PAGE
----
Saturday, August 29, 2009

Fun little blog tip, Link Within Widget!

We went to Galveston last week and had a great time. It is just amazing how much the island has recovered after Hurricane Ike. I will post more images of our trip later, but I had to post this one of the track hoe with the impact hammer, seemingly out in the middle of the ocean. We woke up one morning and looked out the window and saw this amazing view. My boys love construction vehicles, so this was absolutely thrilling to them. Luckily they get up early (yeah right, I would love to sleep in one morning, at least until 7:30...) so I was able to photograph it. It is on the end of a cement/granite pier which they are rebuilding after the hurricane. Notice the people watching on the lower left of the image; we weren't the only ones impressed. Nature and machines; strange mix for beauty but it sometimes works.

You probably have noticed that I have these new five little thumbnails below each post that link similar posts within my blog. I have seen these around lately and wanted to do the same, but hadn't really investigated it. Then I was looking at a blog design I had done months ago and she had added those little photo links and I decided to click on the credit link and find out how to install my own.

It is so easy! Just go visit LinkWithin and set up your own linking thumbnails on your website or blog. It is free and takes only a minute or two. LinkWithin says it can take hours for it to crawl your site and show reasonable links, but mine were working great within 10 minutes or so.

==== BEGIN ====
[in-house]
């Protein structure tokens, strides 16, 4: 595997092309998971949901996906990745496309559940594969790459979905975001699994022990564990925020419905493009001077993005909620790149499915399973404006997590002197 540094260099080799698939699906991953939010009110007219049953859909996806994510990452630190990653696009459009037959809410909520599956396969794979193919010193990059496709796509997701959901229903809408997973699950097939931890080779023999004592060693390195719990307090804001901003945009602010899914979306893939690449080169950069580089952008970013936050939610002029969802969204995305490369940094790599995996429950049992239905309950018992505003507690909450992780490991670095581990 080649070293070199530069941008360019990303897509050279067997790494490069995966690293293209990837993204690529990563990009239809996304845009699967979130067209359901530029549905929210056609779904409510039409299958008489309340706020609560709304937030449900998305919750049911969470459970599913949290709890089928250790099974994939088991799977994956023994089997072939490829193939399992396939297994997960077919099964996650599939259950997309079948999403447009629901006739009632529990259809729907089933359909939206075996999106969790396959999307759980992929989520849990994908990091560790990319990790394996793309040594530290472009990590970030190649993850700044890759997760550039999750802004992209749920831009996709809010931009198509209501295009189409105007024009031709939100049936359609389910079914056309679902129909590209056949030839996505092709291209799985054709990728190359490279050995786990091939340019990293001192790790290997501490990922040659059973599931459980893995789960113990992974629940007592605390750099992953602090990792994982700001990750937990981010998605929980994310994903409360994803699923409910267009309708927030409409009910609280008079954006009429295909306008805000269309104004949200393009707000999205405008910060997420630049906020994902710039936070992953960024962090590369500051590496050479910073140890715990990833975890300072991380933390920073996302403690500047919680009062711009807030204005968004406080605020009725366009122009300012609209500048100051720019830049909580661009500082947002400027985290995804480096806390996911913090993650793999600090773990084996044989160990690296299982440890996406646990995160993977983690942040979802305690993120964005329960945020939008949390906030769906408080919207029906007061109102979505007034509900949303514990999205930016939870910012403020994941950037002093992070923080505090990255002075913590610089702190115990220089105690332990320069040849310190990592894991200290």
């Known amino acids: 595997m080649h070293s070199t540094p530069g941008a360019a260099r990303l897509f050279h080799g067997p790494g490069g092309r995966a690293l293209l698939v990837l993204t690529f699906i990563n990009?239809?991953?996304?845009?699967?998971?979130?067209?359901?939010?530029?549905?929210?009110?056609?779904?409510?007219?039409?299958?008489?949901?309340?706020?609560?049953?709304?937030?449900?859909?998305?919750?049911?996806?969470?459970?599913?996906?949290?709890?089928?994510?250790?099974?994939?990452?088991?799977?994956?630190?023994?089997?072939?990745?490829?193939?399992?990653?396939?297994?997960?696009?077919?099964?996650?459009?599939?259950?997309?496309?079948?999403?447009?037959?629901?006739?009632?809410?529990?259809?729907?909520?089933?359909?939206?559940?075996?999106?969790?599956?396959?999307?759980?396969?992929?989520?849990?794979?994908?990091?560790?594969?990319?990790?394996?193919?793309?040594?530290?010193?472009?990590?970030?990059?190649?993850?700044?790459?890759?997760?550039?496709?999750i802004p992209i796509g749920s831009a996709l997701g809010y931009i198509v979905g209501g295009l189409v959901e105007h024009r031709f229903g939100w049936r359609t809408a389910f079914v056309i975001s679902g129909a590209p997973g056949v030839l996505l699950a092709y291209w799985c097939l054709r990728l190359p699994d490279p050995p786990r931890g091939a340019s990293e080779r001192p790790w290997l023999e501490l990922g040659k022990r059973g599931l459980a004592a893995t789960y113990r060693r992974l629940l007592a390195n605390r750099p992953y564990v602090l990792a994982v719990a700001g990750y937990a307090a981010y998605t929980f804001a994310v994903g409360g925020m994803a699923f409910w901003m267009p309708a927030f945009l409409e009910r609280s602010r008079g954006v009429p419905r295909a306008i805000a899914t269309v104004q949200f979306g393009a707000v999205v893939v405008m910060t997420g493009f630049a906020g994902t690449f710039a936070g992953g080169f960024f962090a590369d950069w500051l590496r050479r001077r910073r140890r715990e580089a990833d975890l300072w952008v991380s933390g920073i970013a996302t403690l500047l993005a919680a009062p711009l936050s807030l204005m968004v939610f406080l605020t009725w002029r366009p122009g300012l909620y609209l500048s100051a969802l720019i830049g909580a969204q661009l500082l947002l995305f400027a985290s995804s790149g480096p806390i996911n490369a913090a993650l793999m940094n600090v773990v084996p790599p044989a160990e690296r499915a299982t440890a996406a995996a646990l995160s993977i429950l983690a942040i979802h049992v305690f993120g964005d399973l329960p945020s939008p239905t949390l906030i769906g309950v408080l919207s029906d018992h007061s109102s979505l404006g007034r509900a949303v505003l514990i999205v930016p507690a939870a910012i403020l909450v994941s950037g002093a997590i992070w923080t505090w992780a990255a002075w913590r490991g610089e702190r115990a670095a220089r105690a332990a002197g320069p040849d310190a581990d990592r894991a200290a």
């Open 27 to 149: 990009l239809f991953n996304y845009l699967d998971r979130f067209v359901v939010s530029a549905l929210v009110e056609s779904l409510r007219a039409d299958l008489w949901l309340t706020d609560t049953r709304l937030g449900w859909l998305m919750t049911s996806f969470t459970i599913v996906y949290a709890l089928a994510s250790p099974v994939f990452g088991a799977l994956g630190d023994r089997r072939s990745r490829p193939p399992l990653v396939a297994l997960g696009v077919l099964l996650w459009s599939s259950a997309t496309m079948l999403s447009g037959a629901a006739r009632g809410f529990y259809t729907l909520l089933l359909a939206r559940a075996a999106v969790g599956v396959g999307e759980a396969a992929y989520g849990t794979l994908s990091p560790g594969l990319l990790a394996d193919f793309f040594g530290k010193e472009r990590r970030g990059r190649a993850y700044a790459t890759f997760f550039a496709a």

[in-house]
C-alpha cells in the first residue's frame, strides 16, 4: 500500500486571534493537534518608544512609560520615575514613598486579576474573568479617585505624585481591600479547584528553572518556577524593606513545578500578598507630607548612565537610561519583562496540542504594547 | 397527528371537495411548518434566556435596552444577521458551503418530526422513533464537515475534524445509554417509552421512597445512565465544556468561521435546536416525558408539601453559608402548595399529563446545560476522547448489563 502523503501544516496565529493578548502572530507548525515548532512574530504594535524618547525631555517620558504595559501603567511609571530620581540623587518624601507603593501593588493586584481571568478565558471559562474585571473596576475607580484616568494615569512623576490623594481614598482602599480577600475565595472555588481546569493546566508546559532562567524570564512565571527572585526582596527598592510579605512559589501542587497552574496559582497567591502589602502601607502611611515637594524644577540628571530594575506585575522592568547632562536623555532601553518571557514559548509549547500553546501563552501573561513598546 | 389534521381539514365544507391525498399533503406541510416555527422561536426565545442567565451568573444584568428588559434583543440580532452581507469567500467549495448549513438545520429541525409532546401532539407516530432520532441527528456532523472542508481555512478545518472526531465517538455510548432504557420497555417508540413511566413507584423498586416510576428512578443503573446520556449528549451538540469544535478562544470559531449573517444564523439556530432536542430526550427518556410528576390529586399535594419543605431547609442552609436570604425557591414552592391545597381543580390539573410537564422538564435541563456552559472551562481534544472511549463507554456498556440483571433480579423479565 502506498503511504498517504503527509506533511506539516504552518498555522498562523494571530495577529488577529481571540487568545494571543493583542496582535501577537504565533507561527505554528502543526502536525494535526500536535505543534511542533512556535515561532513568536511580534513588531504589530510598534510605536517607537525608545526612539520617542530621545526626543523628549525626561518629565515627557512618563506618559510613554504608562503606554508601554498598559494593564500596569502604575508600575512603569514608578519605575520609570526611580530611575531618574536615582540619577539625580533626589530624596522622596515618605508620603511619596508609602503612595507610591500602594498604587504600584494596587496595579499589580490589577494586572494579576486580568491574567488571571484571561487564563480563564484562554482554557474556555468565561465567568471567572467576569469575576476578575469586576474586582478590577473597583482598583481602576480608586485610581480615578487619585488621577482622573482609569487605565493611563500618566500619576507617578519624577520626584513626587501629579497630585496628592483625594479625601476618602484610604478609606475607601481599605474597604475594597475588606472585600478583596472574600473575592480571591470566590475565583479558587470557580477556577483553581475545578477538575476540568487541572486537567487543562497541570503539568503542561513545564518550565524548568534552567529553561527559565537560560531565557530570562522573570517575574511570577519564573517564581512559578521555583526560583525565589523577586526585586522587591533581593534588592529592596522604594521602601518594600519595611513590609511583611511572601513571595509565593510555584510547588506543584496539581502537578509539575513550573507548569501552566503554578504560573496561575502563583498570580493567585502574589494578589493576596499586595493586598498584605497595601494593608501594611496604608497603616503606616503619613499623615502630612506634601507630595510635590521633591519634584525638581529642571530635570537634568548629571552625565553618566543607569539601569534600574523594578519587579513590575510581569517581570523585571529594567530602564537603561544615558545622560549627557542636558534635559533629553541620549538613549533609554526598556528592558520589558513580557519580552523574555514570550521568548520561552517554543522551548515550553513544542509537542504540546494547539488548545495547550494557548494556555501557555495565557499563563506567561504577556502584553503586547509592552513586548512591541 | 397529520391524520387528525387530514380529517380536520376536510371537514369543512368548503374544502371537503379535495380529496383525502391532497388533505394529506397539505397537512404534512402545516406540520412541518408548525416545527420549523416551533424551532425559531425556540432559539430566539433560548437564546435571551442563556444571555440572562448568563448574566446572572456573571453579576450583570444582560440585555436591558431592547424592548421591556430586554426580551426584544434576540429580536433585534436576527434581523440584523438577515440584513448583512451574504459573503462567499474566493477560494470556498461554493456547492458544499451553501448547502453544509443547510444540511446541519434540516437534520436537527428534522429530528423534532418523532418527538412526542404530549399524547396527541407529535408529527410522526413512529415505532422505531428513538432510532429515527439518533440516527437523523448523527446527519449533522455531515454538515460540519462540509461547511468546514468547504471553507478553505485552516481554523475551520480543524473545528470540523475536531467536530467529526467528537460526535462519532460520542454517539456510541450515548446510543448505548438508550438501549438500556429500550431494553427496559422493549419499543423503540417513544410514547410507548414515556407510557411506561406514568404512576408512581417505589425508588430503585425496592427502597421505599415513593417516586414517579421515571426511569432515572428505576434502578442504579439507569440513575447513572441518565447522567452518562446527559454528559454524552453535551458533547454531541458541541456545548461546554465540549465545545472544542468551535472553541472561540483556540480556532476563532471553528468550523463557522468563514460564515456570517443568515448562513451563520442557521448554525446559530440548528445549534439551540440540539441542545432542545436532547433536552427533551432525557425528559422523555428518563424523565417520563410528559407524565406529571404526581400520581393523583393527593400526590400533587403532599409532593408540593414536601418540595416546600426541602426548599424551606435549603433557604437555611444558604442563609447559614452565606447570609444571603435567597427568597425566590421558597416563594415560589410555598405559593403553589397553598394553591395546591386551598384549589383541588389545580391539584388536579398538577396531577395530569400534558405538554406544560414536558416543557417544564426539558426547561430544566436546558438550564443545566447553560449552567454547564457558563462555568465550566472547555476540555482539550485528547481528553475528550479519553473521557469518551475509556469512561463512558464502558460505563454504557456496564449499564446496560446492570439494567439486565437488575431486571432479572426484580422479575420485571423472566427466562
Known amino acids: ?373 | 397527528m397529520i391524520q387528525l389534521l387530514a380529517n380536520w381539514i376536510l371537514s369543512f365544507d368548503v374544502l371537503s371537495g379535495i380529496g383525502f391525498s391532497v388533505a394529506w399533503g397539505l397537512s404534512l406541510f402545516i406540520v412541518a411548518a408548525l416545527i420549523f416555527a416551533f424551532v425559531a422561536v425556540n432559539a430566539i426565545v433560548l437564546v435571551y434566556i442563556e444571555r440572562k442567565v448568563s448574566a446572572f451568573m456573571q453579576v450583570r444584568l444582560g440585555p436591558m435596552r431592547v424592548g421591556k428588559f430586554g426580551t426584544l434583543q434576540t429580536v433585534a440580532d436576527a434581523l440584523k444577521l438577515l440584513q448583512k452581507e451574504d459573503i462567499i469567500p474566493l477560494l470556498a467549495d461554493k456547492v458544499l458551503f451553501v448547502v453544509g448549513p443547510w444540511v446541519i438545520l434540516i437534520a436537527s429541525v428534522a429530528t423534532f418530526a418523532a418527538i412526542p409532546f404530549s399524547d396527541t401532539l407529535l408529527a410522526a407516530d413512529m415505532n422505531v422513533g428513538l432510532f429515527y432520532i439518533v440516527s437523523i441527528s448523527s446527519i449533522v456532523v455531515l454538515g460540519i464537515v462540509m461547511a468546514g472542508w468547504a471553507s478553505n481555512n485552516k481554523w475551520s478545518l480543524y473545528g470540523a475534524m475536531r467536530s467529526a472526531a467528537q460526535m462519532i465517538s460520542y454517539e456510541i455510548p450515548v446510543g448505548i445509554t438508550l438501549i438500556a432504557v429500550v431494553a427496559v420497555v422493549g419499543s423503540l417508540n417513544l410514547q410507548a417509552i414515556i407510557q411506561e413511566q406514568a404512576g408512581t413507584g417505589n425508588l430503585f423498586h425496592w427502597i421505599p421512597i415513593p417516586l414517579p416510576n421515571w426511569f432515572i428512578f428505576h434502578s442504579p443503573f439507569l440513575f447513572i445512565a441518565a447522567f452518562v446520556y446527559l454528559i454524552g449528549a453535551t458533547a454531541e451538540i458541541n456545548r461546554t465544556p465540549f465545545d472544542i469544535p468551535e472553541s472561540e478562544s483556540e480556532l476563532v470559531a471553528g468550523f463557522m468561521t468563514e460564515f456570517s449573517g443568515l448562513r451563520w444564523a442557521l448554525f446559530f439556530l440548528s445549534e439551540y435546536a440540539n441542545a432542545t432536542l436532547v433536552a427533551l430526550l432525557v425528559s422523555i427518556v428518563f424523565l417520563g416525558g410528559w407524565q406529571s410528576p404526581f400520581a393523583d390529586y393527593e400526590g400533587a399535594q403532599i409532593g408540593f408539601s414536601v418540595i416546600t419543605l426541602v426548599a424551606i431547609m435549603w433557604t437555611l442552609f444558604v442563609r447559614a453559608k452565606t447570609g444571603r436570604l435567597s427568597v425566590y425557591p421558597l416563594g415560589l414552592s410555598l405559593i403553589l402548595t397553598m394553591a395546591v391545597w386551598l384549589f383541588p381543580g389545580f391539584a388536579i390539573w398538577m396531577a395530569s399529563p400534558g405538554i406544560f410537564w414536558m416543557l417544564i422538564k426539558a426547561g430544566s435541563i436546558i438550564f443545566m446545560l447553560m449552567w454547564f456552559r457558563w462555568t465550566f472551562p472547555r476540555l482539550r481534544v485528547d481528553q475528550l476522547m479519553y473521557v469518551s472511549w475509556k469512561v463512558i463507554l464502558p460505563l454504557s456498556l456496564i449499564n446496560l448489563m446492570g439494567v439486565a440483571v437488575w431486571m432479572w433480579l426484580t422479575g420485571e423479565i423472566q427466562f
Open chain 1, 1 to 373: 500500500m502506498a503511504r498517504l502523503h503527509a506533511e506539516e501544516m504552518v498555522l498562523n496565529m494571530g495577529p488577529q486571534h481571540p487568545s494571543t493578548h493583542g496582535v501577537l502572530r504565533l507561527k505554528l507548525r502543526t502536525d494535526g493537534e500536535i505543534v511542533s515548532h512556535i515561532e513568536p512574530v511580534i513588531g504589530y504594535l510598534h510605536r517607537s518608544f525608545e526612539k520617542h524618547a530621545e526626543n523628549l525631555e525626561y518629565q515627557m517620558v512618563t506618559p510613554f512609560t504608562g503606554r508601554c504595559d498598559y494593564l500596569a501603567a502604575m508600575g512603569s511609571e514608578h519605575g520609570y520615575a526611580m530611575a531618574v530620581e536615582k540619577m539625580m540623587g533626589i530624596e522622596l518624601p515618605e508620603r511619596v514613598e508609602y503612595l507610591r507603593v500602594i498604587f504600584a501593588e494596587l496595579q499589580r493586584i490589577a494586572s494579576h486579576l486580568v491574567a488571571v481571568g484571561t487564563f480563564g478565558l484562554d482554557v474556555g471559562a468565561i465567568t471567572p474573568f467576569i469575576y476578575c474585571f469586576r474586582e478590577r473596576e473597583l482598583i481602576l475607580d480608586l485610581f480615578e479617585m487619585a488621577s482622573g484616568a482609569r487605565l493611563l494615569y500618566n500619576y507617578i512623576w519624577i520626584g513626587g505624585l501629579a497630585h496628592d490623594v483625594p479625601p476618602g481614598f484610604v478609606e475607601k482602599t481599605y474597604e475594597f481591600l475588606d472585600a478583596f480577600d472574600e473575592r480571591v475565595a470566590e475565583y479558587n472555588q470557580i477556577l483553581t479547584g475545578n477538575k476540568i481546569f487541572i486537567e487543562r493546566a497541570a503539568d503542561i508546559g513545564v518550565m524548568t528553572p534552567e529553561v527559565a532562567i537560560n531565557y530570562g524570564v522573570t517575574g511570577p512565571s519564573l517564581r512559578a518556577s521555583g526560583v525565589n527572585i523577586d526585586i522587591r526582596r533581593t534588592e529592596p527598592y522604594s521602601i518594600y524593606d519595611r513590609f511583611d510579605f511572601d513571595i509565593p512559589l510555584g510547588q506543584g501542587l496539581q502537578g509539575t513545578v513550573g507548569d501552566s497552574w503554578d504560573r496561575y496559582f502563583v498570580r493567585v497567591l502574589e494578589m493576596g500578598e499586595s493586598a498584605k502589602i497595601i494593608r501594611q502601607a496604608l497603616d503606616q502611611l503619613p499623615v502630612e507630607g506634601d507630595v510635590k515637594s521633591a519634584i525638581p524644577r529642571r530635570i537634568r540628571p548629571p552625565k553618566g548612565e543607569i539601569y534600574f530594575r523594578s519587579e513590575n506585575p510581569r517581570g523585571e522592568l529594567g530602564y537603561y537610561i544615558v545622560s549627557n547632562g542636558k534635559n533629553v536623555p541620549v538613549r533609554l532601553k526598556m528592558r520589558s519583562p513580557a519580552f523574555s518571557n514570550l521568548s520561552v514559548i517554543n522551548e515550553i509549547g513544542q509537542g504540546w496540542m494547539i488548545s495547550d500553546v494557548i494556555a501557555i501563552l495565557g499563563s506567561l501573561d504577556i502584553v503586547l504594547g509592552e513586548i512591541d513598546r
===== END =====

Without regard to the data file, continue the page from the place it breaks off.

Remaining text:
This is such a nifty feature for blogs like mine. I have so much information and it can be really hard to find what you are looking for without cool little widgets like this. I have added the label cloud and I hope that helps, but this is a fun little way to find similar posts that you might not have realized you wanted to read!

I am posting a new storyboard template (.psd, not action) and my newest action, CoffeeShop Vintage Honey, in the next day or two. I am also putting together a tutorial on how to make your own templates with clipping masks and a few more fun Editing 101 posts. I am trying to post more often, so check back regularly!!!

Hope you are all having a great weekend. It is a bit cooler here, but so dry. The Smith Brothers came and cut our hay fields yesterday, but we aren't going to get many bales. But the fields do look really nice and they are going to bale tomorrow, so the boys are completely excited!

On a sad note, we lost one of our 18 chickens while I was in Galveston. Poor little Henny Penny 1 or 2 (we had two black and white hens, Henny Penny 1 and 2, and I could not tell them apart) got out of the chicken coop and unfortunately is now gone. I will spare you the details, but her demise had a lot to do with tiny chicken brains and nature. The boys were not as sad as I would imagine they would have been, and when I mentioned it to Ike that Henny Penny 1 or 2 was dead, he said "Daddy killed her". What in the world??? I wondered where he learned the word "kill", and then I realized it was from me. As in "step on that fire ant and kill it", or "stand still, I have to kill that mosquito on your arm". Oops, I need to watch my words in the future! And no, Daddy did not kill Henny Penny 1 or 2, but if he had we might have had BBQ chicken when we got back! ;-)

Talking about tiny chicken brains, the other day my grandmother told me this story about this chicken that had its head chopped off by a farmer and it lived for over a year and toured the country as a side-show. The owner feed it through its neck using an eyedropper. I scoffed at my grandmother (in my head of course, never disrespect your elders, especially when they are tiny but incredibly tough) and told my husband about it that night, making a bit of fun of my grandmother. I then told my mom who decided to do a bit of Internet searching and found THIS. Well, needless to say, my grandmother got the last laugh, because Mike the headless chicken was a real headless chicken and lived 18 months with just a brain stem. The interesting part of this story was he did everything a normal chicken did, except he did not have a head or most of his brain. So that puts a chicken's intelligence in perspective. ;-)